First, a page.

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Title: Domain-general precursors of children's mathematics skills : the role of working memory and language
Author: Diaz Barriga Yanez, Andrea
ISNI:       0000 0004 7961 2324
Awarding Body: University of Sheffield
Current Institution: University of Sheffield
Date of Award: 2018
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The goal of this thesis was to investigate the domain-general predictors that underpin mathematics skills in early childhood. Thus, this thesis examined the role of working memory and language. In particular, the empirical work of this thesis focused on comparing how children do mathematics in a relatively pure context on the one hand, and in a more applied context on the other. Three studies were designed for this purpose. The first study investigated the contributions of working memory components to both arithmetic skills and applied mathematics in 5-to 6-year-olds. Study 1 showed, as expected, that the central executive plays an important role both in arithmetic skills and in applied mathematics. However, there was also an unexpected and somewhat surprising finding that also showed that both kinds of mathematics performance were significantly predicted by children's receptive vocabulary. Thus, the second study was designed to further investigate the specific contributions of receptive language skills in children's mathematics skills. Results from Study 2 were unexpected since the results obtained in Study 1 were not replicated. However, this was likely to be because the language measures had unexpectedly high executive functions components, and as such the language measures themselves were not transparent. Finally, the third study, although it did not followed directly from Study 1 and 2, it followed the subject of the role of language skills in pure and applied mathematics. Study 3 investigated the role of longitudinal linguistic precursors and concurrent language and executive functions in 4-year-old's mathematics skills. Results suggested that concurrent language skills were significant to both mathematics performance, and that inhibitory control was also contributing to applied mathematics. Collectively, these findings improve our understanding of the domain-general contributions underpinning mathematics in both pure and applied contexts.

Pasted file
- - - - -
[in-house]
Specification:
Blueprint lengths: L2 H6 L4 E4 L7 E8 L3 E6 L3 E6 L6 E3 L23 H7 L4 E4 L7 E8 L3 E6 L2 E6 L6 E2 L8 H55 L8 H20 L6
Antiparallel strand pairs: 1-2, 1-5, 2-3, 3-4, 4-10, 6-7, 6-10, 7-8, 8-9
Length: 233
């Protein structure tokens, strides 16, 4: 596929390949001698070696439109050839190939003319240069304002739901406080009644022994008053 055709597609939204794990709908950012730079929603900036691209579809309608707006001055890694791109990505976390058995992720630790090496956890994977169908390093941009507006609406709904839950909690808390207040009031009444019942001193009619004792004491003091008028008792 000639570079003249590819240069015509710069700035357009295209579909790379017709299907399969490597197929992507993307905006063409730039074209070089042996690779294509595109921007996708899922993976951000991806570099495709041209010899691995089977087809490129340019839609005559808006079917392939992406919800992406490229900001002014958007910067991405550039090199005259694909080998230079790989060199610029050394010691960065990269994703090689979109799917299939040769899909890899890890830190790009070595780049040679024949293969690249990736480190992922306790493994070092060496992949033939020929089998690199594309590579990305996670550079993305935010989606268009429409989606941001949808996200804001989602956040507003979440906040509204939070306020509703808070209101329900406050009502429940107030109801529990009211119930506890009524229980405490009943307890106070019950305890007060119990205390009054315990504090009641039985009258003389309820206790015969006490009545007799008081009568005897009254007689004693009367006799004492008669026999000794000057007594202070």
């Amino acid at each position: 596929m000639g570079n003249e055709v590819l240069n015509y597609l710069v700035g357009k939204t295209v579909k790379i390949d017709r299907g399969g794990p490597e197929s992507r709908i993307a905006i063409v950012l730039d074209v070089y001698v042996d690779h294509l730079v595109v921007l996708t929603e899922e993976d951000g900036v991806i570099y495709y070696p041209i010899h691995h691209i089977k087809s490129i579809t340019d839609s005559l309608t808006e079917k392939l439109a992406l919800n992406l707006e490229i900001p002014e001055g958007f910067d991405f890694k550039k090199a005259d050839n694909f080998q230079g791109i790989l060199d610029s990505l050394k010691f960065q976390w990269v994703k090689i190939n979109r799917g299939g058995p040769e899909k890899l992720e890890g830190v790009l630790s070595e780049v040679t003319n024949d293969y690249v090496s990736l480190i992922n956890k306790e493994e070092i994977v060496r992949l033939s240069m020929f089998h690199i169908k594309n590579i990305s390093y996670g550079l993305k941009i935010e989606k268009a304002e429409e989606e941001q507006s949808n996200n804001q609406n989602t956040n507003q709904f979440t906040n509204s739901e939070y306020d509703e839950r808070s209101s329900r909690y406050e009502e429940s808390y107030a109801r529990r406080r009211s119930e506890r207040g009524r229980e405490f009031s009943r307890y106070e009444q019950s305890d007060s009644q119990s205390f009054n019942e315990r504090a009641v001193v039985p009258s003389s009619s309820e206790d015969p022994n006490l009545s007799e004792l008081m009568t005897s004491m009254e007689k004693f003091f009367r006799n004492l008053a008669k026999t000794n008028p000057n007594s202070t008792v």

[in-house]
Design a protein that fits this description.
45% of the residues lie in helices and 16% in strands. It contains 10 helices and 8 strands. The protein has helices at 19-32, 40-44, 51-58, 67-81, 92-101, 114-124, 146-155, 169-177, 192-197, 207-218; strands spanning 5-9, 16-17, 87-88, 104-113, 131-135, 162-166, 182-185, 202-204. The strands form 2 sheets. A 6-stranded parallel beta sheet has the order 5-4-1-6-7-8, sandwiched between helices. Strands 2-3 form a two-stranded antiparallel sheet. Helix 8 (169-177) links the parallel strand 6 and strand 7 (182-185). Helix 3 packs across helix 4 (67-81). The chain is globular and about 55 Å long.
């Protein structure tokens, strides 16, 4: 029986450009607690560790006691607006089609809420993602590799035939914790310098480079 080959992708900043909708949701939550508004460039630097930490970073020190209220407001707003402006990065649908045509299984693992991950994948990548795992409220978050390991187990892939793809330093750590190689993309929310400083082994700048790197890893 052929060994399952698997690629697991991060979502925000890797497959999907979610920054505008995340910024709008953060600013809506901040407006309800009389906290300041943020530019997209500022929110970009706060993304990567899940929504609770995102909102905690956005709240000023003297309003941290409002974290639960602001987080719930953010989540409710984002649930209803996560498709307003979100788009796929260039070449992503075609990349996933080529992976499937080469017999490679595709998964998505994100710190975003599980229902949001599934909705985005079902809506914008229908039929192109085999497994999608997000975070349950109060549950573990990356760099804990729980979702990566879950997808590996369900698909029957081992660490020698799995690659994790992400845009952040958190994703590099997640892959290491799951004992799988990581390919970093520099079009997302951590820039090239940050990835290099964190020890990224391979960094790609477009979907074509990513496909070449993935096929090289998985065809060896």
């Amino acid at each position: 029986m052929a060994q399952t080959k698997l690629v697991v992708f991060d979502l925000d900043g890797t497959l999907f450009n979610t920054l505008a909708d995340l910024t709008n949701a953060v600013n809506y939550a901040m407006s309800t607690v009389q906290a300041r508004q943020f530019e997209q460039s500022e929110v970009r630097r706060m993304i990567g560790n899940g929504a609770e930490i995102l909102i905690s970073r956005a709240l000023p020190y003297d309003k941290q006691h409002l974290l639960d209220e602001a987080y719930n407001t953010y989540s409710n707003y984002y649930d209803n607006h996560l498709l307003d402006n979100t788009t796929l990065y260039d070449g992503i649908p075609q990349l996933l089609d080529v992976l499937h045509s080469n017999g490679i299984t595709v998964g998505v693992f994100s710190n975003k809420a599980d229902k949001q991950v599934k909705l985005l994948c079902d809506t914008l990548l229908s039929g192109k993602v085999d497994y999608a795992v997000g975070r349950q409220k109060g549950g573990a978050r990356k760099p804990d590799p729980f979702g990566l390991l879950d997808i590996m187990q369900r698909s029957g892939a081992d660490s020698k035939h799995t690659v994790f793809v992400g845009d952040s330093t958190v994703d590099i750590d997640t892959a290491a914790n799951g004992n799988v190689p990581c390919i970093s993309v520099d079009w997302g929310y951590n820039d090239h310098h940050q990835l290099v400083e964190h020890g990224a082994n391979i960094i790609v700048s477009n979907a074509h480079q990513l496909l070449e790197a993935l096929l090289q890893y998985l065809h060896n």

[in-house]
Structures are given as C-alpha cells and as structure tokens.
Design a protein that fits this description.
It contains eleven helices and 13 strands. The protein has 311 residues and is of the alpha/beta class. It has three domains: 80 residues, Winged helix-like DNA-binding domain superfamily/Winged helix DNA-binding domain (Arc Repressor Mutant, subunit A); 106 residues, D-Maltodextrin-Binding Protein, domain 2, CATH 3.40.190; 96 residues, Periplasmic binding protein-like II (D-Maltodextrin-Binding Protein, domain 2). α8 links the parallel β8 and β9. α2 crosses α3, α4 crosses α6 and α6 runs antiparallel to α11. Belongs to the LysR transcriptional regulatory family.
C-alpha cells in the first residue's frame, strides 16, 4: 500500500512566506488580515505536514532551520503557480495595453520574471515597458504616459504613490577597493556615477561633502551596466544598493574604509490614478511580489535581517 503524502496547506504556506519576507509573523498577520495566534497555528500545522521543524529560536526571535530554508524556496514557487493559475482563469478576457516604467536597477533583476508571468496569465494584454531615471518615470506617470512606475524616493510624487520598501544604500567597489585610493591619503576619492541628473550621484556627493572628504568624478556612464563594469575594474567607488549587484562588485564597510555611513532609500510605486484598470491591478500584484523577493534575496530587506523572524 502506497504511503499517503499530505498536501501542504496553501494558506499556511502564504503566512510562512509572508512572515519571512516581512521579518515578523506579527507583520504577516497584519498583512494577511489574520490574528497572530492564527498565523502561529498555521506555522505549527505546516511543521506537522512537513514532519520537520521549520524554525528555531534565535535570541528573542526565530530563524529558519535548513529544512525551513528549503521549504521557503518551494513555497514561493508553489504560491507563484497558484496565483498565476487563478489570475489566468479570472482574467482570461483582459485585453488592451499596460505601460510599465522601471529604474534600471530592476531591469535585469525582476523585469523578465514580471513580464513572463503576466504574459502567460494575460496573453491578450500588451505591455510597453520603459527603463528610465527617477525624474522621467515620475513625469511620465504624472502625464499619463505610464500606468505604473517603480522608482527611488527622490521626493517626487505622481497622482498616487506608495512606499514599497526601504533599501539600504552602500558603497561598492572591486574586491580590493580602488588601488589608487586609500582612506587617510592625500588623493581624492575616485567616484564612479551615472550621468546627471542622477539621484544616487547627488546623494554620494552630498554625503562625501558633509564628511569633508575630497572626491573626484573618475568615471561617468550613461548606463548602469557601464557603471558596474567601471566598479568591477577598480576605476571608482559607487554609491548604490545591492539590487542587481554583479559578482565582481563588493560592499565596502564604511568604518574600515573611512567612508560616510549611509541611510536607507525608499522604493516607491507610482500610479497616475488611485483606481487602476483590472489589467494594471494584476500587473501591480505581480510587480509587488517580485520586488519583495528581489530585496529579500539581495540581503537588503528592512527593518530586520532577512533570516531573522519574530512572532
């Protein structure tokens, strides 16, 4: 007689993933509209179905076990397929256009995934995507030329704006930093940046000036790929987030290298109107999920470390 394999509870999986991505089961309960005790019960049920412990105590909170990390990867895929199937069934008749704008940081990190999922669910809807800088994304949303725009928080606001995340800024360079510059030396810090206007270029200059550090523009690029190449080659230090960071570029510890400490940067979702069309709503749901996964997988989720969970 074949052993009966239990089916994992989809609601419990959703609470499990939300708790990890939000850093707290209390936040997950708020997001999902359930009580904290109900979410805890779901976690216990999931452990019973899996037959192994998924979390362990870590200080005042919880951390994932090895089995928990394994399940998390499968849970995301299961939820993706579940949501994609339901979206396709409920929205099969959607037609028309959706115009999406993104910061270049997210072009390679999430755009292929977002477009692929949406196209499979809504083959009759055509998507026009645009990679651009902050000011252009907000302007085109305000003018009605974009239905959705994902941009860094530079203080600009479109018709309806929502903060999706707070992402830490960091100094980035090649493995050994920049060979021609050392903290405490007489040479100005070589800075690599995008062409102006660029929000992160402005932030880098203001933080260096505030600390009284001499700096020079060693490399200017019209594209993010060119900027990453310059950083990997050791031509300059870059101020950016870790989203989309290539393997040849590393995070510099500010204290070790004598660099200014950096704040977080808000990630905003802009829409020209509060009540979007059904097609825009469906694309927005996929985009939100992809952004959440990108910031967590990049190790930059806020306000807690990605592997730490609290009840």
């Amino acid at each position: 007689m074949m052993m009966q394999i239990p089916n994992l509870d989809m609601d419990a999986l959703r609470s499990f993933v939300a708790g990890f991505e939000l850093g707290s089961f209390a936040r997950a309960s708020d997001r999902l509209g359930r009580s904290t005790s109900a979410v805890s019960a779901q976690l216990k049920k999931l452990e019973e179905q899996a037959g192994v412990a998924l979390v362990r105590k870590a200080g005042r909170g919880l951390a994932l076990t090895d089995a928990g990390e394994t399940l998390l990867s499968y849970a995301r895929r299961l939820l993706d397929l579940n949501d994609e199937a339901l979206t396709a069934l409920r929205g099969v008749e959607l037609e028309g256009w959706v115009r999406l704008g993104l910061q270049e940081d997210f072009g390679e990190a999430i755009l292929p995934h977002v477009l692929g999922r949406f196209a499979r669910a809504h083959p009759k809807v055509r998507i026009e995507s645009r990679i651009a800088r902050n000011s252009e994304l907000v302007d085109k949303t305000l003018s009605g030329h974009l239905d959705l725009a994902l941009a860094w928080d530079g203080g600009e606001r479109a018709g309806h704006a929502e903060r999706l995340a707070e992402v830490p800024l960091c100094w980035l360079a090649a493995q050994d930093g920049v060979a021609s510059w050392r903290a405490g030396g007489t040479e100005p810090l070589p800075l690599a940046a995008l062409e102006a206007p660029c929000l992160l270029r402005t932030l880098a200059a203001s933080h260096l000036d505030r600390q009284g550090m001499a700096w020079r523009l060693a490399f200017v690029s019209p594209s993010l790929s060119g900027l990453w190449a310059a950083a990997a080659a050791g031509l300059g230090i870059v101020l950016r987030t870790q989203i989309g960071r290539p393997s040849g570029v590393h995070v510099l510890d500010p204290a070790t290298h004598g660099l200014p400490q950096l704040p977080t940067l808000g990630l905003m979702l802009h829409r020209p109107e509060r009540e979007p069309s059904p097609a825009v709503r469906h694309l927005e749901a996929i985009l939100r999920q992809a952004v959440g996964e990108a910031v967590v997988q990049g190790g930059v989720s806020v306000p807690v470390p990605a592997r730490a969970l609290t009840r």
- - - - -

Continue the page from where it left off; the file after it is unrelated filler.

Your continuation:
Supervisor: Carroll, Daniel ; Matthews, Danielle Sponsor: Not available
Qualification Name: Thesis (Ph.D.) Qualification Level: Doctoral
EThOS ID:  DOI: Not available